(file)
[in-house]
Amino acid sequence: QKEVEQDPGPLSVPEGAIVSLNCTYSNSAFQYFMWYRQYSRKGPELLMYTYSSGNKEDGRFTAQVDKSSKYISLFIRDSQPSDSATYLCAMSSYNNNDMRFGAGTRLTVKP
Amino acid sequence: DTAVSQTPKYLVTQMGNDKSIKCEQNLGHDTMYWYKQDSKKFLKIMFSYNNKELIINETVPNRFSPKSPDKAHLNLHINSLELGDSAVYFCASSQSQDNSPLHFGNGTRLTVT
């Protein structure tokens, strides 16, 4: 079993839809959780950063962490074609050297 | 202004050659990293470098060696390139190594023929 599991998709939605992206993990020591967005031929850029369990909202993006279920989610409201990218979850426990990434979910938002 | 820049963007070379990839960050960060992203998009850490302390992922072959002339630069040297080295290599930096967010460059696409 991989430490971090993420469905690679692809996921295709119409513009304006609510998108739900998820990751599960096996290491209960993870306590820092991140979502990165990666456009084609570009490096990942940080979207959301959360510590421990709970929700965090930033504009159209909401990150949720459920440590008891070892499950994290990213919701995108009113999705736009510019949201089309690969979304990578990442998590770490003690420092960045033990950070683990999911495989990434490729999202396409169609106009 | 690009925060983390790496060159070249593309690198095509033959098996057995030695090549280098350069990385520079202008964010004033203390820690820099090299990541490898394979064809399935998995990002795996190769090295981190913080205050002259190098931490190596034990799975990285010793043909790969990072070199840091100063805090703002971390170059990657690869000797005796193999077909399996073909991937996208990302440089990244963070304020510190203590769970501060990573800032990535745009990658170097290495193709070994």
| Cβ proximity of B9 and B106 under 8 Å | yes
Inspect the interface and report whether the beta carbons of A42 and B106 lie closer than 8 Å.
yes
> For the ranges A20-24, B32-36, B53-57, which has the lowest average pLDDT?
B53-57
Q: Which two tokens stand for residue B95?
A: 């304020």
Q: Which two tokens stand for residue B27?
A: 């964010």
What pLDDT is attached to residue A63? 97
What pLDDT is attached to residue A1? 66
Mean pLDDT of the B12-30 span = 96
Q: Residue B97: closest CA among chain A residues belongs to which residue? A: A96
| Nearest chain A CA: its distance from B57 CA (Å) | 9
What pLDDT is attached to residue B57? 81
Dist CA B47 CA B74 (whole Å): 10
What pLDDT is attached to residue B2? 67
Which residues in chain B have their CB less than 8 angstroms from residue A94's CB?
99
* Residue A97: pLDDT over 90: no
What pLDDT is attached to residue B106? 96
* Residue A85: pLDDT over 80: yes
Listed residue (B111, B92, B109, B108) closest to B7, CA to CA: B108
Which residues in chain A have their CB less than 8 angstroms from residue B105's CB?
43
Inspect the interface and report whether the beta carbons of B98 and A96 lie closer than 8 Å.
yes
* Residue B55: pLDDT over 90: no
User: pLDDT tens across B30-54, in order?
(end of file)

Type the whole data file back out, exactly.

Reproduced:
[in-house]
Amino acid sequence: QKEVEQDPGPLSVPEGAIVSLNCTYSNSAFQYFMWYRQYSRKGPELLMYTYSSGNKEDGRFTAQVDKSSKYISLFIRDSQPSDSATYLCAMSSYNNNDMRFGAGTRLTVKP
Amino acid sequence: DTAVSQTPKYLVTQMGNDKSIKCEQNLGHDTMYWYKQDSKKFLKIMFSYNNKELIINETVPNRFSPKSPDKAHLNLHINSLELGDSAVYFCASSQSQDNSPLHFGNGTRLTVT
């Protein structure tokens, strides 16, 4: 079993839809959780950063962490074609050297 | 202004050659990293470098060696390139190594023929 599991998709939605992206993990020591967005031929850029369990909202993006279920989610409201990218979850426990990434979910938002 | 820049963007070379990839960050960060992203998009850490302390992922072959002339630069040297080295290599930096967010460059696409 991989430490971090993420469905690679692809996921295709119409513009304006609510998108739900998820990751599960096996290491209960993870306590820092991140979502990165990666456009084609570009490096990942940080979207959301959360510590421990709970929700965090930033504009159209909401990150949720459920440590008891070892499950994290990213919701995108009113999705736009510019949201089309690969979304990578990442998590770490003690420092960045033990950070683990999911495989990434490729999202396409169609106009 | 690009925060983390790496060159070249593309690198095509033959098996057995030695090549280098350069990385520079202008964010004033203390820690820099090299990541490898394979064809399935998995990002795996190769090295981190913080205050002259190098931490190596034990799975990285010793043909790969990072070199840091100063805090703002971390170059990657690869000797005796193999077909399996073909991937996208990302440089990244963070304020510190203590769970501060990573800032990535745009990658170097290495193709070994």
| Cβ proximity of B9 and B106 under 8 Å | yes
Inspect the interface and report whether the beta carbons of A42 and B106 lie closer than 8 Å.
yes
> For the ranges A20-24, B32-36, B53-57, which has the lowest average pLDDT?
B53-57
Q: Which two tokens stand for residue B95?
A: 């304020």
Q: Which two tokens stand for residue B27?
A: 């964010």
What pLDDT is attached to residue A63? 97
What pLDDT is attached to residue A1? 66
Mean pLDDT of the B12-30 span = 96
Q: Residue B97: closest CA among chain A residues belongs to which residue? A: A96
| Nearest chain A CA: its distance from B57 CA (Å) | 9
What pLDDT is attached to residue B57? 81
Dist CA B47 CA B74 (whole Å): 10
What pLDDT is attached to residue B2? 67
Which residues in chain B have their CB less than 8 angstroms from residue A94's CB?
99
* Residue A97: pLDDT over 90: no
What pLDDT is attached to residue B106? 96
* Residue A85: pLDDT over 80: yes
Listed residue (B111, B92, B109, B108) closest to B7, CA to CA: B108
Which residues in chain A have their CB less than 8 angstroms from residue B105's CB?
43
Inspect the interface and report whether the beta carbons of B98 and A96 lie closer than 8 Å.
yes
* Residue B55: pLDDT over 90: no
User: pLDDT tens across B30-54, in order?